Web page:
Susan Feldman, research vice president for content technologies at IDC, has
said for some time that FAST offers an advanced integrated platform that combines tools for finding both unstructured content and structured data. When FAST launched ESP in January 2004 she called it "a leap into the future" with its unified view of enterprise information.

Feldman is even more impressed with ESP 5. "ESP 5 is an example of a new approach to information access-an architecture that combines both data and content in the same extended index. It no longer requires that the search interface send separate queries to data and content indices and then merge the results. As a result, the system is faster and more scalable. And, it can calculate relationships between the entities it extracts on the fly, making it more flexible."

"The game has changed," she told me. Databases are not usually good for ad hoc questions, she explained. Users have to predict ahead of time what they want to know and reports must be predefined. FAST has now extended the search index to create a hybrid file structure that allows average business users to create queries and reports on the fly.

According to Feldman, Endeca is the only other company that can search across data and content. But FAST has added the ability to extract entities and do on-the-fly calculations of relationships within the search engine.

"This development comes from the enterprise search side but it is actually a threat to the Business Intelligence market-and this could shake up the market. Search technologies have become vital to enterprise computing because they provide language understanding. As applications become more interactive, search will be embedded in everything," she predicted.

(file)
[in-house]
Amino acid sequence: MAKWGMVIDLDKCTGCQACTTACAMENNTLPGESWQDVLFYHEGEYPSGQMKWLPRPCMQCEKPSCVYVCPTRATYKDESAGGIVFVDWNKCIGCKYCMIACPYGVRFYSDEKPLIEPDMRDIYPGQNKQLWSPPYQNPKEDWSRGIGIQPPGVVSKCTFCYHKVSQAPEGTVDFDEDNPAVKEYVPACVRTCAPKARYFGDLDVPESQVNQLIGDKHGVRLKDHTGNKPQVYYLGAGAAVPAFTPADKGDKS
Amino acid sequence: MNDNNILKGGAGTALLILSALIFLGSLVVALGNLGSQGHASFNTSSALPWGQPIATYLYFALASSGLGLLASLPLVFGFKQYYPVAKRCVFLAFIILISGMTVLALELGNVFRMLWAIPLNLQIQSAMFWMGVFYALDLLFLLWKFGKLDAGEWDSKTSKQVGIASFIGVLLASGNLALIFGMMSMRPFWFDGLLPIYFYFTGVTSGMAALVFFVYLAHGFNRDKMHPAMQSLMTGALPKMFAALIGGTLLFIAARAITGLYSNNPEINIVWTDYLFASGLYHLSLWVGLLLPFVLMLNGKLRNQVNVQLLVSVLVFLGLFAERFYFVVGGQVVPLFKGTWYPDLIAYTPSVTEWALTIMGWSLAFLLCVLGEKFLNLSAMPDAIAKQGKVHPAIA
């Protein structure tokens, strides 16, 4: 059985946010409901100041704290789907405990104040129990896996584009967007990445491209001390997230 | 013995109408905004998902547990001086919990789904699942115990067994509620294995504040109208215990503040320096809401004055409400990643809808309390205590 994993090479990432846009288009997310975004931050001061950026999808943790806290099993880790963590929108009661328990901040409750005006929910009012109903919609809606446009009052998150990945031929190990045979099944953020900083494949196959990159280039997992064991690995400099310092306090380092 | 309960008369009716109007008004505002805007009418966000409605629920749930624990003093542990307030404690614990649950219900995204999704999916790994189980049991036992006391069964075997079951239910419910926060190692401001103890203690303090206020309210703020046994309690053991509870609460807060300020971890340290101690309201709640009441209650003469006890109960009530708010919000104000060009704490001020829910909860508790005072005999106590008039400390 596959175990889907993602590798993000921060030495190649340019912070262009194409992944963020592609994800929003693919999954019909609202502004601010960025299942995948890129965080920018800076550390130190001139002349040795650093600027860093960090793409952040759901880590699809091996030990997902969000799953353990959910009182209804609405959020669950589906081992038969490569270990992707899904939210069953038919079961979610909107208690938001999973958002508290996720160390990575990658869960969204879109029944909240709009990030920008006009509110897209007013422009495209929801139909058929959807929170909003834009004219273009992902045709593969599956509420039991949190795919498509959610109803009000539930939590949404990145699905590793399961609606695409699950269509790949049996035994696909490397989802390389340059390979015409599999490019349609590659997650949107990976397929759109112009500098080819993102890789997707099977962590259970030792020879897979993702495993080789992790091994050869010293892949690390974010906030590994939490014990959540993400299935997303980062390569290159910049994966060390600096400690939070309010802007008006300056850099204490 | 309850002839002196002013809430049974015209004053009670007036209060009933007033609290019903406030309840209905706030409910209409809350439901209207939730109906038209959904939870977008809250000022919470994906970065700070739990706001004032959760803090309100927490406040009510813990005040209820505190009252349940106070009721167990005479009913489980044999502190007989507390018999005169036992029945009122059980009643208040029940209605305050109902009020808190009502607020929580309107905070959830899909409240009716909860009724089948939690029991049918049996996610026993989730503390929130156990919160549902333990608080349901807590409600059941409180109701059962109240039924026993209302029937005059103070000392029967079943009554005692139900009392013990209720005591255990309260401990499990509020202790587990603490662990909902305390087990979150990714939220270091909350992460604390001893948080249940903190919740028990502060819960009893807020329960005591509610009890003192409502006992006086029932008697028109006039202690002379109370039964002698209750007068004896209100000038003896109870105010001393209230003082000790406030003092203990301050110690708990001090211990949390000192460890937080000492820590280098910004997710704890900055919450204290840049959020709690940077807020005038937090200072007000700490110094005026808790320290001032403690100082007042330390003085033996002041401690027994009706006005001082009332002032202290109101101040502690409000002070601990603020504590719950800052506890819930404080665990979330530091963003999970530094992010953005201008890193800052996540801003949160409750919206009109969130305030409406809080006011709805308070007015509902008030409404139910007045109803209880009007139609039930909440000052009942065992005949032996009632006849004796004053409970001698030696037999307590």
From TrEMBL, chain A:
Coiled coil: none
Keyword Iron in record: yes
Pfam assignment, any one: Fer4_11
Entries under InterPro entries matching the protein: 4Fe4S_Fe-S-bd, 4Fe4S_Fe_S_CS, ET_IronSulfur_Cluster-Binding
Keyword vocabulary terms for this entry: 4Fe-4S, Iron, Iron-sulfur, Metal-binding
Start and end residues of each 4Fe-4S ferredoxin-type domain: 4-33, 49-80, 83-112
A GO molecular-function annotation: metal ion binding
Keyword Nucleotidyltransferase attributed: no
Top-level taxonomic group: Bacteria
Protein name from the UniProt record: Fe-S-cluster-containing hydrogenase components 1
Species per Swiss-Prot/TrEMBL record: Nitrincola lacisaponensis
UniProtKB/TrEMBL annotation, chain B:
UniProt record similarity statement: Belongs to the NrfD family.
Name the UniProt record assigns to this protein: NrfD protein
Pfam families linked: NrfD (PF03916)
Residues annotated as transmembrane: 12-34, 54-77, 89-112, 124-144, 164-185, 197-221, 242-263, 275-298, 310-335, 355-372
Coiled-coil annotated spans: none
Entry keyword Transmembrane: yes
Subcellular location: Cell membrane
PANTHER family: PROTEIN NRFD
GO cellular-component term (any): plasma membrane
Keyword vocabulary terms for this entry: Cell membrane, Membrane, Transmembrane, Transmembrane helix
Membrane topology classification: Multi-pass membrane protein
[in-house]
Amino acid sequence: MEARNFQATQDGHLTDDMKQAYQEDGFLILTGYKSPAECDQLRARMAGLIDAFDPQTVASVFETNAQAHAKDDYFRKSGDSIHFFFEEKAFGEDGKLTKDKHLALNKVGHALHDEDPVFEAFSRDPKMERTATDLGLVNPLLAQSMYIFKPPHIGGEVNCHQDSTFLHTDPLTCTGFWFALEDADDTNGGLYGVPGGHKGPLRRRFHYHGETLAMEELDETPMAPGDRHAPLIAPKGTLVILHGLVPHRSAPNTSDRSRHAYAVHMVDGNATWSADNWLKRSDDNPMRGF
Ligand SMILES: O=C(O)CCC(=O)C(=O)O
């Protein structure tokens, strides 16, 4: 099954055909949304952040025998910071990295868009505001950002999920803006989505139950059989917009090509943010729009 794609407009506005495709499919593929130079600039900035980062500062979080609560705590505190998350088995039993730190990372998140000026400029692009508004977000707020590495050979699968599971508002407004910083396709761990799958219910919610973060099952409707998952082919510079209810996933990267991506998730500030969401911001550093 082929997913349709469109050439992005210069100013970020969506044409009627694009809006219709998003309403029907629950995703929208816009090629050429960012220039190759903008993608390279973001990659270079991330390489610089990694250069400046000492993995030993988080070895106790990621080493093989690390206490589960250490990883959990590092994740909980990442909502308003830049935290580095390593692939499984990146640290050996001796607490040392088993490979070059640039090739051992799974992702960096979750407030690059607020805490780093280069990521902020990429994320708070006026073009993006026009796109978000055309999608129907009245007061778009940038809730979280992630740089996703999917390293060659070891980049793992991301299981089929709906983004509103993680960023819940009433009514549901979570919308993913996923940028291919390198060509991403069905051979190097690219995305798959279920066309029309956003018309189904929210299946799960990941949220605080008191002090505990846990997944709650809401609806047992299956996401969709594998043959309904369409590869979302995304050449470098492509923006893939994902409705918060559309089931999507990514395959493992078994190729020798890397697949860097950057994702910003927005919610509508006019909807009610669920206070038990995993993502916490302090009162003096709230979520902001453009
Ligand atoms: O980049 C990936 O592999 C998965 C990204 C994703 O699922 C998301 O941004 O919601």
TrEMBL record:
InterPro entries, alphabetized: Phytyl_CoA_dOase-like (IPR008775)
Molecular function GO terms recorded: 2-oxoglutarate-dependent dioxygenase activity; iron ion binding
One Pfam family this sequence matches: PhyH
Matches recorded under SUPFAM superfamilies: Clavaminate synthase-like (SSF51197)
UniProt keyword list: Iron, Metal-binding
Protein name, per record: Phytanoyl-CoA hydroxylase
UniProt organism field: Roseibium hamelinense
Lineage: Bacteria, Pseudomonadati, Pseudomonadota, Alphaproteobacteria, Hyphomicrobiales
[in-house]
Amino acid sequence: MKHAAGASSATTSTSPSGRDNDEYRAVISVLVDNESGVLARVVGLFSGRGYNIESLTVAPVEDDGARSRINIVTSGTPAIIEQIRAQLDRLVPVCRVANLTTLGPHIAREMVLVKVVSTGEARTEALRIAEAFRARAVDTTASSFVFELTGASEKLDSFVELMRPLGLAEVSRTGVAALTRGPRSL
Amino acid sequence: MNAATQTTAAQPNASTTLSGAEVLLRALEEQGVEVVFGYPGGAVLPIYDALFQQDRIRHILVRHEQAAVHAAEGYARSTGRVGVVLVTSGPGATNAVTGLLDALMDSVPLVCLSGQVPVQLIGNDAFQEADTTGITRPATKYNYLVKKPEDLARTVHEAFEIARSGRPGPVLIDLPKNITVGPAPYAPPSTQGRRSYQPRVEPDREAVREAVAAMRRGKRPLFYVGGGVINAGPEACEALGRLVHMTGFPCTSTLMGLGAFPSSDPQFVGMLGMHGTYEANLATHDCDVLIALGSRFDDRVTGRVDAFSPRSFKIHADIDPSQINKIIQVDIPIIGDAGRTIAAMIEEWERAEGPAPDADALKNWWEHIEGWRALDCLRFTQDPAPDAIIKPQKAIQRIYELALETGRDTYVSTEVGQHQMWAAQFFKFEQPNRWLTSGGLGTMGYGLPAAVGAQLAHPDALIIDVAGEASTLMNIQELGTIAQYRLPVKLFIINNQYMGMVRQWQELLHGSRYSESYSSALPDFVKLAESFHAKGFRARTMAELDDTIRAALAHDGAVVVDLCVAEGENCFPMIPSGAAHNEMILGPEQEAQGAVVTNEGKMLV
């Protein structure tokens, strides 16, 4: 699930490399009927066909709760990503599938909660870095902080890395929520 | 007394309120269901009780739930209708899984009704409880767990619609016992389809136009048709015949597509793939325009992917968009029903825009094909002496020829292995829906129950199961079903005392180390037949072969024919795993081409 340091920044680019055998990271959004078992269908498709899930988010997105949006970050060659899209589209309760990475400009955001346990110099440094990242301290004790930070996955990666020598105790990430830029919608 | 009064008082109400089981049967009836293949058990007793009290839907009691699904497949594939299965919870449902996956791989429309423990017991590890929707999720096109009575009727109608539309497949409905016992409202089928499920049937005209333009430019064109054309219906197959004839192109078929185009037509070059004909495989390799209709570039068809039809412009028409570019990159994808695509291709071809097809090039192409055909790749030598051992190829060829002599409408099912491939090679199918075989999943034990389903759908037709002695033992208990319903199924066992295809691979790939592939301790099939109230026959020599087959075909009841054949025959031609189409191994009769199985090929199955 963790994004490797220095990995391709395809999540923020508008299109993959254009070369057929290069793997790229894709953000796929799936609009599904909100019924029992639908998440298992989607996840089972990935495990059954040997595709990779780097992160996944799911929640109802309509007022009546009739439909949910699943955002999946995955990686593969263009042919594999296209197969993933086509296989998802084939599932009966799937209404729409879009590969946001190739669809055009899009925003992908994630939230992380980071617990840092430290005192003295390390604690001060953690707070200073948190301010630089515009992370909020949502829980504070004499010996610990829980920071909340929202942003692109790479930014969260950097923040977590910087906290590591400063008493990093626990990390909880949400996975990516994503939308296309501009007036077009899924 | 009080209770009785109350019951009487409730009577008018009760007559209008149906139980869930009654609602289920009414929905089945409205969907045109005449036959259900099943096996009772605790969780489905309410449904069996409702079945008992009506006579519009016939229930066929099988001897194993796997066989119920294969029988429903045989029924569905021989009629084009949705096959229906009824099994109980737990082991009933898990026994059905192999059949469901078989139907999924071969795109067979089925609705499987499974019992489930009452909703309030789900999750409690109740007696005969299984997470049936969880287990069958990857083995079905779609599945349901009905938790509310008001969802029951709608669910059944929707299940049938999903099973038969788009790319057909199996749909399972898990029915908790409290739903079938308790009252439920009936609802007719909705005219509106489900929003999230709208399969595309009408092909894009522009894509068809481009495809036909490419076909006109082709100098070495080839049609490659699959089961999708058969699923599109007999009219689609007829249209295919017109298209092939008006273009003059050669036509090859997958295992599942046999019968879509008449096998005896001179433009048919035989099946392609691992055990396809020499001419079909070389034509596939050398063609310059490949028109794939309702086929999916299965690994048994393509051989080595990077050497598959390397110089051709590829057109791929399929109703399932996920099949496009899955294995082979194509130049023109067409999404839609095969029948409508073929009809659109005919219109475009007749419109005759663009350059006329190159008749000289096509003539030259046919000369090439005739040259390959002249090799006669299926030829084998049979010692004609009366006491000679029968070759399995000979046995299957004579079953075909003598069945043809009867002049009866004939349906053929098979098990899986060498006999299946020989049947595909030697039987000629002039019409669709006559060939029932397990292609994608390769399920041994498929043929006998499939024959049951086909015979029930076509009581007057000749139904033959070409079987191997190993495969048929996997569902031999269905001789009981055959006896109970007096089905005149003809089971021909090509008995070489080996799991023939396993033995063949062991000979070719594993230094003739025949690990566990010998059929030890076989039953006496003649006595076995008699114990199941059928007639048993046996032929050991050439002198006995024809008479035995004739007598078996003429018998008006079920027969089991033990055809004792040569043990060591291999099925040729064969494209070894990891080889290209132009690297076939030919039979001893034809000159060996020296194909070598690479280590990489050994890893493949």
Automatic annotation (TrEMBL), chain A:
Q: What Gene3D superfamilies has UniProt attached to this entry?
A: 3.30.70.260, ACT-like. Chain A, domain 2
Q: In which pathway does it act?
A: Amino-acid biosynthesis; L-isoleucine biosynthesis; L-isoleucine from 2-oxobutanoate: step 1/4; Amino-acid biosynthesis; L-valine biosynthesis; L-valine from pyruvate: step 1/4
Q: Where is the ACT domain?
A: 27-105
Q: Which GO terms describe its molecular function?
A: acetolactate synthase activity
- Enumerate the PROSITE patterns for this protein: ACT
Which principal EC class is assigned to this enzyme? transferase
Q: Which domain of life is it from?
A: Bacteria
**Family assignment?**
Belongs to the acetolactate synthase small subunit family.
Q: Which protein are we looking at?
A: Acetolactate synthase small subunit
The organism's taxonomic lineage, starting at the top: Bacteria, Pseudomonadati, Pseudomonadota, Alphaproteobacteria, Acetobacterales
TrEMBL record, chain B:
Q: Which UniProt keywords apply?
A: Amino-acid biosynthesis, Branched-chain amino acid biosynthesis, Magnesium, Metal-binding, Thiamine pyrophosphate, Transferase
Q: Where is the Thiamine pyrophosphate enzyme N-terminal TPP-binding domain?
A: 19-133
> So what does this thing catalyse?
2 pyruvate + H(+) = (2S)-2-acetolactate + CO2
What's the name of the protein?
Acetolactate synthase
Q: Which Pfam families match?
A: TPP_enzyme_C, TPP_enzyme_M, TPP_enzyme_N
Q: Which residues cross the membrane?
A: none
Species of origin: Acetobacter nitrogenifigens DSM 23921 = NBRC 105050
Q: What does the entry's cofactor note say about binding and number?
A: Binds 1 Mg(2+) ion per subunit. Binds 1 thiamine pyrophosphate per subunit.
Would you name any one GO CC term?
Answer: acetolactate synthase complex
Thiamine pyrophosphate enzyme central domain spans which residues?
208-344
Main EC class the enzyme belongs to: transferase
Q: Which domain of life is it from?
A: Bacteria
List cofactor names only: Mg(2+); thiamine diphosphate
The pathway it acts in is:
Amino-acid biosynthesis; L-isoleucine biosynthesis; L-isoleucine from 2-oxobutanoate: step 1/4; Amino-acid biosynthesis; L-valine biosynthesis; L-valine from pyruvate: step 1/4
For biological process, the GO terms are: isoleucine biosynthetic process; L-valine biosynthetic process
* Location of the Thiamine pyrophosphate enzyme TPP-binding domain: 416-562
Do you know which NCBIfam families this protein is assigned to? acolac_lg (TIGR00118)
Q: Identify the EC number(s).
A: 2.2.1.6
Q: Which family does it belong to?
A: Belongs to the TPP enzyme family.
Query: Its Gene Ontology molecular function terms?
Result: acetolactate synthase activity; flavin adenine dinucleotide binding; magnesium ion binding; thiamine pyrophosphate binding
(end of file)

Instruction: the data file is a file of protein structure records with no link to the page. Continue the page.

Factiva plans to use the entity identification capabilities in ESP 5 for its recently launched Search 2.0 (see the NewsBreak at According to a Factiva representative, Search 2.0 was designed with ESP 5 in mind. FAST and Factiva collaborated on ESP 5 capabilities and Search 2.0 is scheduled to leverage ESP 5 in the first half of 2006.

"At Factiva we are constantly advancing our offerings and our capabilities to meet the needs of the rapidly changing marketplace. FAST shares this vision, and its solutions have greatly helped us revolutionize the way we deliver business news and information to our customers," said Clare Hart, president and CEO of Factiva. "Our relationship is a perfect example of how innovative technology can contribute to creating competitive advantage."

FAST just reported record revenues of $31.1 million in Q4, yielding growth of 52 percent and record revenues of $103 million for 2005. The company also said that it signed a record number of new customers in Q4 2005, surpassing Q4 2004 deals by more than 250 percent.

FAST boasts a number of well-known clients in our industry space, including LexisNexis, Factiva, Reed Elsevier, Reuters, and more. Another successful project reportedly delivered on time in 2005 and with high quality was one for NewsBank. FAST ESP is powering its Web site, which features more than 140 million articles from more than 2,000 U.S. and international sources. Also, FAST and LexisNexis just announced last week that LexisNexis Taxonomy Solutions would be offered through FAST ESP.

FAST's vision has been to transform enterprise search from a powerful, yet narrowly perceived function into an enterprisewide strategic and tactical capability of pivotal importance. With ESP 5, this looks quite possible.

Paula J. Hane is a freelance writer and editor covering the library and information industries. She was formerly Information Today, Inc.’s news bureau chief and editor of NewsBreaks.